The CIA considered the now infamous dossier from former British intelligence officer Christopher Steele to be nothing more than an “internet rumor,” according to the Justice Department inspector general.
According to the Intel Section Chief and Supervisory Intel Analyst, “the CIA expressed concern about using the Steele election reporting in the text of the [January 2017 Intelligence Community Assessment into Russia’s election interference],” Inspector General Michael Horowitz said in his report released Monday on the FBI’s handling of investigations into the Trump campaign.
“The Supervisory Intel Analyst explained that the CIA believed that the Steele election reporting was not completely vetted and did not merit inclusion in the body of the report. The Intel Section Chief stated that the CIA viewed it as ‘internet rumor,'” the report states.
The controversial dossier came under scrutiny when its unverified and salacious information about then-presidential candidate Trump showed up in the FBI’s applications for Foreign Intelligence Surveillance Act (FISA) warrants to surveil the Trump campaign during the 2016 election cycle.
The dossier alleged that the campaign had conspired with Russian operatives to benefit Trump in the election. However, Horowitz’s report asserts that the FBI found Steele’s information about a Russian government connection to be dubious, but nevertheless declined to mention as much in its later applications to the FISA court for warrants to surveil Trump campaign associate Carter Page.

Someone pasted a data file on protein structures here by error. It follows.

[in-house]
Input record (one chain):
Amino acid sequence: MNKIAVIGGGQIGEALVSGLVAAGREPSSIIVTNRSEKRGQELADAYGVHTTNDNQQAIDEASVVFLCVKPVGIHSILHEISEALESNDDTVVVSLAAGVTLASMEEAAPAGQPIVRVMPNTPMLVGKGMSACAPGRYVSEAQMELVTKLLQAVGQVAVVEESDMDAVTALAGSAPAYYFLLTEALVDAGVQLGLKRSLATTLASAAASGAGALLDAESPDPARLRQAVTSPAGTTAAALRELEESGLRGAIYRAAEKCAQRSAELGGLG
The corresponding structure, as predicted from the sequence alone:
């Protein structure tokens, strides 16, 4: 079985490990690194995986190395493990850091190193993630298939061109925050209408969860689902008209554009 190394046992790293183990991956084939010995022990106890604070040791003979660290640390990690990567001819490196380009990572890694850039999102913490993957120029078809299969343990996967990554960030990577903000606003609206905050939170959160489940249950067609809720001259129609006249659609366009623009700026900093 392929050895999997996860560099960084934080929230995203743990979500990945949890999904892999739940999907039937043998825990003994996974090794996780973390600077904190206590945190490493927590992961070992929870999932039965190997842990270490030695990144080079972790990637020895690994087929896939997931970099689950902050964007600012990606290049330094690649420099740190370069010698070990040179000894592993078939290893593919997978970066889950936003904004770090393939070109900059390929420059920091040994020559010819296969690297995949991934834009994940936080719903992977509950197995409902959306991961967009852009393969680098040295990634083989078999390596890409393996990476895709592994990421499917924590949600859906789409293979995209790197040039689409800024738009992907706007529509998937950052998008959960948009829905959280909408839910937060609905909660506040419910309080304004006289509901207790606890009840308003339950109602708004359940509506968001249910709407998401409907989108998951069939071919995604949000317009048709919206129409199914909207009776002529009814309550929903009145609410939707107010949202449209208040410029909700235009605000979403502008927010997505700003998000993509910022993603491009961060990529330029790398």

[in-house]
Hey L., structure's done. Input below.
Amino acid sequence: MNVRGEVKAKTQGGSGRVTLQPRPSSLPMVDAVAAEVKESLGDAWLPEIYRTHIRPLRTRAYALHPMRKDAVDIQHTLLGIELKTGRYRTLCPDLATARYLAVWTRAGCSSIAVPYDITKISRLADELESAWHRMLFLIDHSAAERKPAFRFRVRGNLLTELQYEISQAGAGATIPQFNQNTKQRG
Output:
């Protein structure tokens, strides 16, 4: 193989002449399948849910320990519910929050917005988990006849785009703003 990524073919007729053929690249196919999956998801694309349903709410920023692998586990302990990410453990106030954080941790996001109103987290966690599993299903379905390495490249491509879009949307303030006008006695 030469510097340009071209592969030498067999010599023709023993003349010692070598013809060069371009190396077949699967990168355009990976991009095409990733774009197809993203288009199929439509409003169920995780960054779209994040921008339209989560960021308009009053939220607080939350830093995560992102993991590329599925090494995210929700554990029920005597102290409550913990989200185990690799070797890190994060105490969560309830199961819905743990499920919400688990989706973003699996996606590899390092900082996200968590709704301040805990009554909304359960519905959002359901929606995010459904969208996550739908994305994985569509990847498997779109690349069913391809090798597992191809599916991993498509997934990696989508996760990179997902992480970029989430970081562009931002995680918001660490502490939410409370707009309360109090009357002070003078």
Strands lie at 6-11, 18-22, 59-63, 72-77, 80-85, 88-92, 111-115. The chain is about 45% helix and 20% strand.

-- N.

Contrary to Democratic partisans’ repeated claim that the dossier was a trivial piece of the FISA warrant, Horowitz determined that the unverified intelligence played a “central and essential role” in the FBI’s decision to apply for a warrant in the first place.
Fusion GPS, the firm that contracted Steele to compile the dossier, was working for Hillary Clinton’s presidential campaign at the time.
Trump has slammed the 35-page dossier as a “hoax” and “garbage.”
Attorney General William Barr on Monday condemned the FBI’s decision to investigate the Trump campaign in 2016, saying the probe was launched on the “thinnest of suspicions” and the evidence that resulted “consistently exculpatory.”
“The Inspector General’s report now makes clear that the FBI launched an intrusive investigation of a U.S. presidential campaign on the thinnest of suspicions that, in my view, were insufficient to justify the steps taken,” Barr said.